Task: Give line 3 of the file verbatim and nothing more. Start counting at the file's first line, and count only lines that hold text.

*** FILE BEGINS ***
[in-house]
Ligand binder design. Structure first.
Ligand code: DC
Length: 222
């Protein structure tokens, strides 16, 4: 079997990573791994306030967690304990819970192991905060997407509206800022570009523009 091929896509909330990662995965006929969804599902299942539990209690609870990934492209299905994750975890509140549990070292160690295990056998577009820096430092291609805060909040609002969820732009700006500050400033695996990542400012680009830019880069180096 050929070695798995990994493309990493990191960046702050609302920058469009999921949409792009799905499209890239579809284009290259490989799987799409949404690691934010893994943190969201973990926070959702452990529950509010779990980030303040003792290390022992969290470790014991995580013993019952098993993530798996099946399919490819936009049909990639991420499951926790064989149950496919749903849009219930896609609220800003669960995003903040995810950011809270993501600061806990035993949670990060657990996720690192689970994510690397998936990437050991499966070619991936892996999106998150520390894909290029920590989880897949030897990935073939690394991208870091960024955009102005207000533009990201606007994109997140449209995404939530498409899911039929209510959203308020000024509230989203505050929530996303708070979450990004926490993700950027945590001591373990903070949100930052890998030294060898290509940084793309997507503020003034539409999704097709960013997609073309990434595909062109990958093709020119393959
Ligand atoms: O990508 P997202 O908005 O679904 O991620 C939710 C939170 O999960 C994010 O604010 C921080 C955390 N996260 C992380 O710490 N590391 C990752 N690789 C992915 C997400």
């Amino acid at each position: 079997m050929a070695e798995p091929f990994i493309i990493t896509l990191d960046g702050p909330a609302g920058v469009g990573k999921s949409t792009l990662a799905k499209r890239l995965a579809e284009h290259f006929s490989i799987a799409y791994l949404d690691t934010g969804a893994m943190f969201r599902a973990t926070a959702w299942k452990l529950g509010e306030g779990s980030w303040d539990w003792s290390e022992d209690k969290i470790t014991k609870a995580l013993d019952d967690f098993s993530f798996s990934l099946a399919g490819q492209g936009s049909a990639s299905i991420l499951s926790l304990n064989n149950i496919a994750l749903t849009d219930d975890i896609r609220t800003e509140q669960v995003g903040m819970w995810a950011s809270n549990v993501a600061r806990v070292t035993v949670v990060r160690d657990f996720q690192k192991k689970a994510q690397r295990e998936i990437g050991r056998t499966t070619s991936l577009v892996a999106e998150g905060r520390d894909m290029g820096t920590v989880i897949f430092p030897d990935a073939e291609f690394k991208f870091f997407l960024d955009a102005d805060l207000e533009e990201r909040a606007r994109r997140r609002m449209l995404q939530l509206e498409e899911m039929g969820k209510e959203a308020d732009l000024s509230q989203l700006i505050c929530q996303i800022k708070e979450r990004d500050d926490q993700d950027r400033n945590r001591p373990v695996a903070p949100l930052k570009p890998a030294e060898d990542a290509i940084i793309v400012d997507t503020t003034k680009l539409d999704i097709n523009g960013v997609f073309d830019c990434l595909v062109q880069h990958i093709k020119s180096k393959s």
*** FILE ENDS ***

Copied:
Ligand code: DC